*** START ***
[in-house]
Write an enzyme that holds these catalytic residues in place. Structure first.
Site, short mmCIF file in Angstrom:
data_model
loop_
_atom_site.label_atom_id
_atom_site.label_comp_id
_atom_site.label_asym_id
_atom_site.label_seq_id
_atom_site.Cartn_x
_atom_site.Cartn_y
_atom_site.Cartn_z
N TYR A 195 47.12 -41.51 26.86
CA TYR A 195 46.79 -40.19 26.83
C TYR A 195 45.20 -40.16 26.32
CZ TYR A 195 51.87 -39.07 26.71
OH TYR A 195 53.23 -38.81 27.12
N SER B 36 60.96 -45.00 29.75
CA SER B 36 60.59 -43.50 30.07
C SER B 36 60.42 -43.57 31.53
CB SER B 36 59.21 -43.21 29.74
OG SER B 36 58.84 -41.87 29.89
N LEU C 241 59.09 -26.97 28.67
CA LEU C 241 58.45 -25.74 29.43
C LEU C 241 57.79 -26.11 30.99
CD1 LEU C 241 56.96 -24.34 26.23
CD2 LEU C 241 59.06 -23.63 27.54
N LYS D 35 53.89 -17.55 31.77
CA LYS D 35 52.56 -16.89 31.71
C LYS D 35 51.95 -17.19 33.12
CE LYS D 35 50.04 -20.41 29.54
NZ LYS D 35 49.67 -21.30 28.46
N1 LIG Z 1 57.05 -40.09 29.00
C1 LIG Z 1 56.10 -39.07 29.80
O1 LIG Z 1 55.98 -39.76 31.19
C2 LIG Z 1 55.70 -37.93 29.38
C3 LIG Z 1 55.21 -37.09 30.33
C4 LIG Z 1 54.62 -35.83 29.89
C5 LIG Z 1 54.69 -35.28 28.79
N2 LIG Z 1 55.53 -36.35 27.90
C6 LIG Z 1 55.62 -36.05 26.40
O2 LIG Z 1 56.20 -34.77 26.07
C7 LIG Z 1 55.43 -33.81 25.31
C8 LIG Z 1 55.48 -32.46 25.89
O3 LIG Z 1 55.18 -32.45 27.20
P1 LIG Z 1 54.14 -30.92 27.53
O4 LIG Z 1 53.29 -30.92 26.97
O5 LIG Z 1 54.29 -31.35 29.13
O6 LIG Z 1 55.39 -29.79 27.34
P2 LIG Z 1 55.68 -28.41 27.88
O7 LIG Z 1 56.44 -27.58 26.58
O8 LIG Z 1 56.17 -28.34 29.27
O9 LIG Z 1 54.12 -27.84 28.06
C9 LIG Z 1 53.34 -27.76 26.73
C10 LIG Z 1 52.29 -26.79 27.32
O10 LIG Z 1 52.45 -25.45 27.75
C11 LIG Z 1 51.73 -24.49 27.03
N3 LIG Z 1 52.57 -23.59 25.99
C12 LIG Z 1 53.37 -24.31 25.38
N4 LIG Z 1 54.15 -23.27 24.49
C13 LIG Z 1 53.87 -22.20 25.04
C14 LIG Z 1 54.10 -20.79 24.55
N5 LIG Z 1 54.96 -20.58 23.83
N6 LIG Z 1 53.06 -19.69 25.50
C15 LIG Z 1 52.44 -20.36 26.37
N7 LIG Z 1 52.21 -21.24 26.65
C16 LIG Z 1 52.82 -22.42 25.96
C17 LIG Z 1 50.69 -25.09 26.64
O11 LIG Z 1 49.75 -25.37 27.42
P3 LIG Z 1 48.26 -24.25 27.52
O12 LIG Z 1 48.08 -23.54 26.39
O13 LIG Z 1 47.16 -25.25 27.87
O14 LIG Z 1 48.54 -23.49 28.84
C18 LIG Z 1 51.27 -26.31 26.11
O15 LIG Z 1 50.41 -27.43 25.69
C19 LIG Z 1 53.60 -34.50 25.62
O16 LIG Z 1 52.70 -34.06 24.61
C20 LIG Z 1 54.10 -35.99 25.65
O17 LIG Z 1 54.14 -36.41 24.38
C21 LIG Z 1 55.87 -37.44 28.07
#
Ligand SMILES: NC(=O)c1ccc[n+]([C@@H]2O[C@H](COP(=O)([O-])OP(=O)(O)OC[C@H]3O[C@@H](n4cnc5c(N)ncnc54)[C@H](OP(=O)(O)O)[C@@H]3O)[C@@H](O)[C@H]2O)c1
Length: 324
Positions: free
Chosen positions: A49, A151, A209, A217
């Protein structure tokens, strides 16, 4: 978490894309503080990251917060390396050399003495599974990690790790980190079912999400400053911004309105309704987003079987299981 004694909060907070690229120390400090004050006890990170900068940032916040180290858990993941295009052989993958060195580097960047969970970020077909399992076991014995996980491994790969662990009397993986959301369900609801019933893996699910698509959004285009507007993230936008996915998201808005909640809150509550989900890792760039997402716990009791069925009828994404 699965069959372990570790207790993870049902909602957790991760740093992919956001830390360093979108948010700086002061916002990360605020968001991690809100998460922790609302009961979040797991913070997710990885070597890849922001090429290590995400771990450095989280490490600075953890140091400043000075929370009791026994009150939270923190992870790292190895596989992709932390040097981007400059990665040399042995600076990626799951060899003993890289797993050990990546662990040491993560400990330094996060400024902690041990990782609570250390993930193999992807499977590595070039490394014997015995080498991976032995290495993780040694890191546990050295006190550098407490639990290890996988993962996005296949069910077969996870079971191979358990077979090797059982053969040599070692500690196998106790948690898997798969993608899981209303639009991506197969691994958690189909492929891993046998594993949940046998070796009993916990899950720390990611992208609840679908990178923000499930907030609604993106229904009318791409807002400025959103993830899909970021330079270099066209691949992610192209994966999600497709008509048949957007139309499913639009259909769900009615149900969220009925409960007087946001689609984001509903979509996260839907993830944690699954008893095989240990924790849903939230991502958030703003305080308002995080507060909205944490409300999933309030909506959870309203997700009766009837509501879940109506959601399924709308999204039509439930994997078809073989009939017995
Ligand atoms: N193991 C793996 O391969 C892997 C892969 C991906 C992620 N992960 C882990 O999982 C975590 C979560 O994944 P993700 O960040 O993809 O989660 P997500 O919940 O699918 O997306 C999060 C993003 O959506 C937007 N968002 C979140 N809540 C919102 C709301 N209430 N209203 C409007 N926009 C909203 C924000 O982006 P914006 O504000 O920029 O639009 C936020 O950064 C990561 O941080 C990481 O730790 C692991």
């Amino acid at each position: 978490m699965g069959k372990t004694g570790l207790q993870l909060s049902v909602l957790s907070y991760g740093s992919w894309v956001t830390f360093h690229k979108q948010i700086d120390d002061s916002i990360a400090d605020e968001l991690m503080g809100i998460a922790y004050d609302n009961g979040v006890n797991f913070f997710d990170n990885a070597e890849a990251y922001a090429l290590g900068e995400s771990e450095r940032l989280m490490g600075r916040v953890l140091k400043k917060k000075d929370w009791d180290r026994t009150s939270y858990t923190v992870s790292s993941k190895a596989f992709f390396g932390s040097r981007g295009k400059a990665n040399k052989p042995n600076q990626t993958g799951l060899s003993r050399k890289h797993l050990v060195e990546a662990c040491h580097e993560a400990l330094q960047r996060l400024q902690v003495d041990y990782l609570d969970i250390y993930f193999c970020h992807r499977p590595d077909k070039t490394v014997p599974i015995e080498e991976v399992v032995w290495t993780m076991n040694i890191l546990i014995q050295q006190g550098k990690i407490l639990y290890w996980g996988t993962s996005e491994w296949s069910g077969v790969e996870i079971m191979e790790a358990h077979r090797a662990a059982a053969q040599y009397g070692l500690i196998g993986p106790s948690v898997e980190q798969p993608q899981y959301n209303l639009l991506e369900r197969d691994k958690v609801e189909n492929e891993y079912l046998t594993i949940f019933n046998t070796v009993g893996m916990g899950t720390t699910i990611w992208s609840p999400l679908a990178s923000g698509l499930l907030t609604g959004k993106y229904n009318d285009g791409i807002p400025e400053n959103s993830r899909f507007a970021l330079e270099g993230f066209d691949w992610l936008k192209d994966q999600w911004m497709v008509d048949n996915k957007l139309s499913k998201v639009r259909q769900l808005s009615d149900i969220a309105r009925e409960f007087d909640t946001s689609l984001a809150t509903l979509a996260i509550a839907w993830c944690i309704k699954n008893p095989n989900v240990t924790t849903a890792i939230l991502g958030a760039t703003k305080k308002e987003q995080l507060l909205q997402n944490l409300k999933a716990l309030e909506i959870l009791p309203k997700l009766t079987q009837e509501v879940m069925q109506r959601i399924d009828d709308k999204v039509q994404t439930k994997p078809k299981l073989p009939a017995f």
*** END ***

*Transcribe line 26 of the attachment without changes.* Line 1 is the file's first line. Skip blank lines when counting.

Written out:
CD1 LEU C 241 56.96 -24.34 26.23